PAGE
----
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Unit information: Theravada Buddhist Practice in Asia in 2014/15

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Unit name Theravada Buddhist Practice in Asia
Unit code THRS30019
Credit points 20
Level of study H/6
Teaching block(s) Teaching Block 1 (weeks 1 - 12)
Unit director Dr. Langer
Open unit status Open
Pre-requisites

None

Co-requisites

None

School/department Department of Religion and Theology
Faculty Faculty of Arts

Description

This unit aims to provide students with an overview of the history and development ‘Theravåda Buddhism’ in practice in Sri Lanka, Burma, Thailand, Laos and Cambodia as well as in depth knowledge of several important topics. The unit focuses on a number of significant topics: the practice of monasticism, lay practice, the relationship between the monk and the laity, the position of women and Buddhist nuns, forest monks, magic and protection, ‘protestant’ Buddhism, and Buddhism and conflict in Sri Lanka. These themes will be investigated by utilizing various kinds of sources – primary textual sources, epigraphical sources in translation, the writings of historians and social anthropologists – in order to illustrate a more general issue in the contemporary study of religion, namely the study of texts and doctrine versus the study of people and practice.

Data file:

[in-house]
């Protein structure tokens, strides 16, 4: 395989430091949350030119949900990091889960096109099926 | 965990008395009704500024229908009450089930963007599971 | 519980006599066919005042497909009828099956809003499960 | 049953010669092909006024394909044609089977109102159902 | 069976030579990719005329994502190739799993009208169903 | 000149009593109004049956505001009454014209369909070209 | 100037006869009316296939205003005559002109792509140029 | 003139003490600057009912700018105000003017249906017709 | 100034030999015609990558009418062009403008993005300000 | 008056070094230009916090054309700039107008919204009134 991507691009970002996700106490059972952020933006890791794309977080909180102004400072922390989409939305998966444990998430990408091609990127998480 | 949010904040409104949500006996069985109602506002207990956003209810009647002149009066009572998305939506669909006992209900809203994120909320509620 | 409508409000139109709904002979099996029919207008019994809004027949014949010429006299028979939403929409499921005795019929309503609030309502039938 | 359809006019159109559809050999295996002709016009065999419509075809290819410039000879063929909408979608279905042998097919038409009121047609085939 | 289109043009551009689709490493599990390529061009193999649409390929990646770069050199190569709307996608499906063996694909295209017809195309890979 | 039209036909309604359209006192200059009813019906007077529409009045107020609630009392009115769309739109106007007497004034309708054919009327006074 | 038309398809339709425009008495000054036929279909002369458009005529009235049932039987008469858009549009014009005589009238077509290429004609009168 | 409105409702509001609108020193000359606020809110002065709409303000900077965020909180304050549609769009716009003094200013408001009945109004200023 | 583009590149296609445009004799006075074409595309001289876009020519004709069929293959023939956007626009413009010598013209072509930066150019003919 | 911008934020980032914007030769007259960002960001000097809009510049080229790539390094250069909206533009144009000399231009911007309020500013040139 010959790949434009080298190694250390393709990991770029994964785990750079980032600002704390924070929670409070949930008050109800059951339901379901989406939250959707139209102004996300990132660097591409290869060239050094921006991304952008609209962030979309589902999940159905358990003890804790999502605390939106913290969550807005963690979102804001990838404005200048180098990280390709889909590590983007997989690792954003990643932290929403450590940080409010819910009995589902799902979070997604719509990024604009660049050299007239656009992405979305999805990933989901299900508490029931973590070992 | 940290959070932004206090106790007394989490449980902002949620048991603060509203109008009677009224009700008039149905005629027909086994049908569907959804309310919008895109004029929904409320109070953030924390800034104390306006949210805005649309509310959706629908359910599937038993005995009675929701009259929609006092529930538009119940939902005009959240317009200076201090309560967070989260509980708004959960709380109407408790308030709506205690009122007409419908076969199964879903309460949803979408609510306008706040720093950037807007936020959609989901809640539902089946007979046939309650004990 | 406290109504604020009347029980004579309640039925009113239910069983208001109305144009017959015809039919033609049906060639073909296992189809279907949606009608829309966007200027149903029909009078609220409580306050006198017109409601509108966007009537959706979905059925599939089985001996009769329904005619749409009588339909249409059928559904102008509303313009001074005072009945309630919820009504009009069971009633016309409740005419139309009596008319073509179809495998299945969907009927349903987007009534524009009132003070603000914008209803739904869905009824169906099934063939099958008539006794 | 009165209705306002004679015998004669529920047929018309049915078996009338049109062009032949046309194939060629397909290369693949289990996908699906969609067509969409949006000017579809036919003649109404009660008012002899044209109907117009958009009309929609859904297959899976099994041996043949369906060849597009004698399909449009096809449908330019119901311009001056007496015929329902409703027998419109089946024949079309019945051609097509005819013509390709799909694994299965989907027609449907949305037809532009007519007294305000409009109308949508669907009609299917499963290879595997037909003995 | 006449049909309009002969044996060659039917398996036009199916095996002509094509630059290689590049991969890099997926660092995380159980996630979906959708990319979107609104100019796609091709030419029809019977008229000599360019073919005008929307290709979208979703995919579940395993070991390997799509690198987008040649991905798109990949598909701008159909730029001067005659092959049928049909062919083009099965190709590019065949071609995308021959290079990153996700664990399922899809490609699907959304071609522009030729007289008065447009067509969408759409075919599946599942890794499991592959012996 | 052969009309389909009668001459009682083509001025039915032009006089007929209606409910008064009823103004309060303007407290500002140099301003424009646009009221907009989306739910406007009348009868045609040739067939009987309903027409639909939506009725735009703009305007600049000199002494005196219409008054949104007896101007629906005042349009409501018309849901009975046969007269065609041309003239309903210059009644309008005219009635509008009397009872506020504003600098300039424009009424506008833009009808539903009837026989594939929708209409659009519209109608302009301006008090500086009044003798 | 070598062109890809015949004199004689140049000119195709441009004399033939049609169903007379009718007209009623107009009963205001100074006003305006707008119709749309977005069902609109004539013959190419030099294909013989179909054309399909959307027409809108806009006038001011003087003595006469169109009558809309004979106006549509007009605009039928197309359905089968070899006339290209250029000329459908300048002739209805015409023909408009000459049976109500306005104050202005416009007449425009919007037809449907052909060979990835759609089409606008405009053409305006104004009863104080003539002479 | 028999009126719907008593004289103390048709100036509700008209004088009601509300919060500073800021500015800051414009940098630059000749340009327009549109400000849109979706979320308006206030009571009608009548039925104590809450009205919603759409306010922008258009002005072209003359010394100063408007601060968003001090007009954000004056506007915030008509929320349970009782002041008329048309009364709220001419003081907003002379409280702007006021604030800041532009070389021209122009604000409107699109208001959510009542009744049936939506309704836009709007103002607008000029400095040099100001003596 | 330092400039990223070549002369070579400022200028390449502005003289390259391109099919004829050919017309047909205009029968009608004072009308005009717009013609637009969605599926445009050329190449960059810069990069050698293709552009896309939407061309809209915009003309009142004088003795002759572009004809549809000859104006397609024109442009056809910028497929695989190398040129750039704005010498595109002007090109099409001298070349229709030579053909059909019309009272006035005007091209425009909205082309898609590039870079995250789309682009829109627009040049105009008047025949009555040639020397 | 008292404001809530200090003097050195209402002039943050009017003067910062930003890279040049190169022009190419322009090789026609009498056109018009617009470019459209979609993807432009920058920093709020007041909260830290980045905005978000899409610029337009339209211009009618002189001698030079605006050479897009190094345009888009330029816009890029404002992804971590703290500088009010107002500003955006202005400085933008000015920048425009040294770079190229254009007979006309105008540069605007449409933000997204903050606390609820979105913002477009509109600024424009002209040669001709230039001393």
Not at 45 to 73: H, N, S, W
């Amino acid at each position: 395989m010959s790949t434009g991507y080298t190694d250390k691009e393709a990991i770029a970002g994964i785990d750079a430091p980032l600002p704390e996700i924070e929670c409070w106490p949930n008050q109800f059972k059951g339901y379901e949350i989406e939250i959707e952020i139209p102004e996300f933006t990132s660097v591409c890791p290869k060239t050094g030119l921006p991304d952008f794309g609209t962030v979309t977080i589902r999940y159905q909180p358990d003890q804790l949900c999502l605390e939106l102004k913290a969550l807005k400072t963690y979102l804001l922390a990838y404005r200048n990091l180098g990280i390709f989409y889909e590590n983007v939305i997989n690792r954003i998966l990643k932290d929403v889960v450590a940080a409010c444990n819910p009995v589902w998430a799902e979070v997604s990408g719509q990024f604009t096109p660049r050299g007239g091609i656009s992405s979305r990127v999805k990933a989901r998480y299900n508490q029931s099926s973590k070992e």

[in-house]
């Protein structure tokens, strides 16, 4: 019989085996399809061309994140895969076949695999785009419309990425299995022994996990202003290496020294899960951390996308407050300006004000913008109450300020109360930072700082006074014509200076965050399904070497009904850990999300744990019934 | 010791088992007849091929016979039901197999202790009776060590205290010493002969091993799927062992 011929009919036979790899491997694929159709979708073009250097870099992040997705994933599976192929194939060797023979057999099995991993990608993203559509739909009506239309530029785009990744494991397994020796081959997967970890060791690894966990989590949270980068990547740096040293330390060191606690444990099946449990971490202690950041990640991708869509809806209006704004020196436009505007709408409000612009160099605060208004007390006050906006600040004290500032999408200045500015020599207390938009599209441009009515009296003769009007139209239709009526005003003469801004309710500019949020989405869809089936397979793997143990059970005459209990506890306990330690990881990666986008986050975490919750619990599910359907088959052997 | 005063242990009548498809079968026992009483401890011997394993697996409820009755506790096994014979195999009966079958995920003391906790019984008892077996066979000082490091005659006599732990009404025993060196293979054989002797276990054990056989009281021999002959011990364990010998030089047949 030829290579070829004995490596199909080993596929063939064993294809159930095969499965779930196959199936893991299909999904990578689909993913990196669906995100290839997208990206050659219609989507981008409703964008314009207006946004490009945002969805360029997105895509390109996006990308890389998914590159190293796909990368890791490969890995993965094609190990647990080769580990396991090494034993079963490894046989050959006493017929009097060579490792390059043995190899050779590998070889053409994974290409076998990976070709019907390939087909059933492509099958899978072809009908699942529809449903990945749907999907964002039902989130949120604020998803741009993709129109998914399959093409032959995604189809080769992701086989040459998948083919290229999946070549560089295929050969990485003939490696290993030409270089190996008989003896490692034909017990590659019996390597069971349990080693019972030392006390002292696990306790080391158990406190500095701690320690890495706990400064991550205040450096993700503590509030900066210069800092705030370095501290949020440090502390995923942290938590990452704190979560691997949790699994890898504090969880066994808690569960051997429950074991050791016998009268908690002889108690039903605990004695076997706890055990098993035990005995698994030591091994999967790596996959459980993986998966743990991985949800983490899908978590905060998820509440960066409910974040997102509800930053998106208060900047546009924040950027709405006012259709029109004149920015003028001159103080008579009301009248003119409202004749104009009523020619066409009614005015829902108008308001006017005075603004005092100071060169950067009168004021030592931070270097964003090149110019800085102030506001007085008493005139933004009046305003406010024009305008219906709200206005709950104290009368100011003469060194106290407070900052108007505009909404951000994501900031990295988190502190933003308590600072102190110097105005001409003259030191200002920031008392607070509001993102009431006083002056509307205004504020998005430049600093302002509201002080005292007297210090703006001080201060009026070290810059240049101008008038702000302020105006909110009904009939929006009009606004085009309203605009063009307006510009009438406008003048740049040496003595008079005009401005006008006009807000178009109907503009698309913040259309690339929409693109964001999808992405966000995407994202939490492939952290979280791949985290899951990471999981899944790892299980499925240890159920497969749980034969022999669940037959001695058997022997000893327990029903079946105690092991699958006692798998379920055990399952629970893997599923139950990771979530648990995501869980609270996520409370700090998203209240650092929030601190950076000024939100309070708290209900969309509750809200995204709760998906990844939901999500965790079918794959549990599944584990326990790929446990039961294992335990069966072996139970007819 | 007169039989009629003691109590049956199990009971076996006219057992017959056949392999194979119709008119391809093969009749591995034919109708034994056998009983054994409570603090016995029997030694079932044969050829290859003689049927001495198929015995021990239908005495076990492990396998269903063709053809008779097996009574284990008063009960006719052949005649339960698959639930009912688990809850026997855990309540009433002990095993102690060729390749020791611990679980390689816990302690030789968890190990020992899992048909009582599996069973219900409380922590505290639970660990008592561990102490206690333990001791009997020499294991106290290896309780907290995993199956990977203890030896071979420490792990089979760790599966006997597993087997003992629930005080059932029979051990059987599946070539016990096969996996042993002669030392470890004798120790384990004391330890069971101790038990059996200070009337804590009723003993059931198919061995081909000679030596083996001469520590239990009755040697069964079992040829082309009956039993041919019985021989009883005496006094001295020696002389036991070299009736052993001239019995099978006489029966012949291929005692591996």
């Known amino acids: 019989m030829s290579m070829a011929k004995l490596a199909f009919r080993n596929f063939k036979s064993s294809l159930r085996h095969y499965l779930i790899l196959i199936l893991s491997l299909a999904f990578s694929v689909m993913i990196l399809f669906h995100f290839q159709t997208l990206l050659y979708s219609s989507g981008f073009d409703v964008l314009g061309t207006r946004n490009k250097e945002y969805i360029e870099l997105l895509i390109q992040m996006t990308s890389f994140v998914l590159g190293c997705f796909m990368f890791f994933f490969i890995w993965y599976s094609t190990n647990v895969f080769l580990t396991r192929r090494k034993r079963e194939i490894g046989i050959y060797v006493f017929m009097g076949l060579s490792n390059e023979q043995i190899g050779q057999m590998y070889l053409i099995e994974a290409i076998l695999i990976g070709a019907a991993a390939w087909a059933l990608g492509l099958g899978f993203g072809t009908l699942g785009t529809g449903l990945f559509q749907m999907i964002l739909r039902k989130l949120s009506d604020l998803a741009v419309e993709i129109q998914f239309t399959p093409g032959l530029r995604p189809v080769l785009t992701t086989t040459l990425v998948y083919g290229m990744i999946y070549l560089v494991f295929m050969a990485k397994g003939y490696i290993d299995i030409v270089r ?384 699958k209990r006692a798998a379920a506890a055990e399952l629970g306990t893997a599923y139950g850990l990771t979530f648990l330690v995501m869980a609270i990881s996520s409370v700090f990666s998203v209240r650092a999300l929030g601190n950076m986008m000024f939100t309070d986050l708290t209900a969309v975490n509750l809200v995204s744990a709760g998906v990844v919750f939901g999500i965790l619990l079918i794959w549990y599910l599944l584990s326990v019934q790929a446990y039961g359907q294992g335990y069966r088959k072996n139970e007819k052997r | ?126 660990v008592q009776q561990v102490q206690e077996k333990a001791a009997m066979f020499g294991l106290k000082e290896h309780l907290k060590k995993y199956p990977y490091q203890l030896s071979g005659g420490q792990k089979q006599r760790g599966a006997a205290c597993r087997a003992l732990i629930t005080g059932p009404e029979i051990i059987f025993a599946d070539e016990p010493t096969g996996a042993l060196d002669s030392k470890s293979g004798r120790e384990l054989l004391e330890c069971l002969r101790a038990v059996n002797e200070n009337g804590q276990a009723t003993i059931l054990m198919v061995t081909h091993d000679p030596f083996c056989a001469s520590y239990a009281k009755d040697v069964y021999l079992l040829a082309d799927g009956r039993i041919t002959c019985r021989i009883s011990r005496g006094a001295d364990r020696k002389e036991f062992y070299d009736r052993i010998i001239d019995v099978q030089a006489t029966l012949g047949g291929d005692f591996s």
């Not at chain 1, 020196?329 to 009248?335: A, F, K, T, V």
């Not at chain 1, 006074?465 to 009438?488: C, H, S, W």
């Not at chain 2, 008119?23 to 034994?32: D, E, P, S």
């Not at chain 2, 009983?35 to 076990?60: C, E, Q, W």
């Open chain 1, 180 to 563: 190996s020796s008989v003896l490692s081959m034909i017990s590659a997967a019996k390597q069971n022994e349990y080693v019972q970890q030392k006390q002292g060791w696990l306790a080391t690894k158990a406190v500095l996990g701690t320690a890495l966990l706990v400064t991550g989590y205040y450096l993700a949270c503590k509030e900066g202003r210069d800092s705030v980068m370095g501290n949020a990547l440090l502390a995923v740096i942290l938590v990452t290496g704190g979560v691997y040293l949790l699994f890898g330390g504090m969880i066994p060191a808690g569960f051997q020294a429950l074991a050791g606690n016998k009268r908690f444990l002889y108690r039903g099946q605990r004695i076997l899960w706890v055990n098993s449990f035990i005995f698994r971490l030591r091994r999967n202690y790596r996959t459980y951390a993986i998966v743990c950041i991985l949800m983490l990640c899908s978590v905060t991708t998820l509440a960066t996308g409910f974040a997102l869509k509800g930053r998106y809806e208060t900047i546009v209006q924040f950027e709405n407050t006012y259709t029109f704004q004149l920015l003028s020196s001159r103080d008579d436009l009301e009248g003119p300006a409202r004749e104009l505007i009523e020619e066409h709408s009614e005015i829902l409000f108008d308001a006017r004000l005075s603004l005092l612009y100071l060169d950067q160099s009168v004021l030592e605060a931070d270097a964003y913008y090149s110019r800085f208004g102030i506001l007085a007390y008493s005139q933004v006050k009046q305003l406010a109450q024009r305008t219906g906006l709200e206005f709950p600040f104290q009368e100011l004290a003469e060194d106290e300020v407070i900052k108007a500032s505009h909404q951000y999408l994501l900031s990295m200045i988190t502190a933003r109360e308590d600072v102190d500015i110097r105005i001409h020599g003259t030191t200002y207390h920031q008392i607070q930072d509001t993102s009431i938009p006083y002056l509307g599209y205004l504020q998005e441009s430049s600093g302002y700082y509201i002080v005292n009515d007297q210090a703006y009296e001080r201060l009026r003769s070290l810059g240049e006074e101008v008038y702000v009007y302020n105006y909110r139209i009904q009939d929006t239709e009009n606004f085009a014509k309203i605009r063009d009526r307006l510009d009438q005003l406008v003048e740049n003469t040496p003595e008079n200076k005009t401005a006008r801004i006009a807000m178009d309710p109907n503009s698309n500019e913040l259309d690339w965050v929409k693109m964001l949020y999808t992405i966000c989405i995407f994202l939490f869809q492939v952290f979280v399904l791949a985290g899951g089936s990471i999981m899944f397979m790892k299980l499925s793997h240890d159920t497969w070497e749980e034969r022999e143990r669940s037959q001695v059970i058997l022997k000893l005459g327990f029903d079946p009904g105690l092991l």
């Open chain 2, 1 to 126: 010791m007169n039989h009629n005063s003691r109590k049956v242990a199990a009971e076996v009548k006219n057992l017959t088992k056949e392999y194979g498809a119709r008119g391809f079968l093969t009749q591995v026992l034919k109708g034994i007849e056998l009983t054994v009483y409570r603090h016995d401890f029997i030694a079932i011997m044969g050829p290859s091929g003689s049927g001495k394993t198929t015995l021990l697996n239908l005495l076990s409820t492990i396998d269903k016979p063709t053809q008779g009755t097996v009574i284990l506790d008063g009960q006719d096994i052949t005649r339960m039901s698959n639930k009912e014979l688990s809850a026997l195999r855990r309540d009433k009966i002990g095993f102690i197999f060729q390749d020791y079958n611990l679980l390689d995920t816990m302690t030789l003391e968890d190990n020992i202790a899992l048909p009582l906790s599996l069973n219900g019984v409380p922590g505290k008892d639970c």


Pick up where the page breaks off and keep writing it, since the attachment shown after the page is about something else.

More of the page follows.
Aims:

  • to develop an overall sense of the actuality of Theravda Buddhism in Asia;
  • to gain an in-depth knowledge of certain significant topics in the history of the practice of Theravda Buddhism in Asia;
  • to encourage reflection on the nature of the relationship between religion's theory and practice;
  • to develop skills in the researching, reading and presentation of complex material.

Intended learning outcomes

  • an overall sense of the actuality of Theravda Buddhism in Asia;
  • an in-depth knowledge of certain significant topics in the history of the practice of Theravda Buddhism in Asia;
  • further developed their skills in the researching, reading and presentation of complex material.

Teaching details

10 x 2 hrs seminars

Assessment Details

One summative coursework essay of 3000 words (50%) and one unseen examination of two hours (50%).

Reading and References

T. Bartholomeusz, Women under the Bo Tree (Cambridge: Cambridge University Press, 1994).

R. F. Gombrich, Buddhist Precept and Practice: Traditional Buddhism in the Rural Highlands of Ceylon (Delhi: Motilal Banarsidass, 1991).

S. J. Tambiah, Buddhism and the Spirit Cults in North-East Thailand (Cambridge: Cambridge University Press, 1970).

Melford E. Spiro, Buddhism and Society: A Great Tradition and its Burmese Vicissitudes (Berkeley: University of California Press, 1982).

Donald K.Swearer, The Buddhist world of Southeast Asia (Albany: State University of New York Press,1995).

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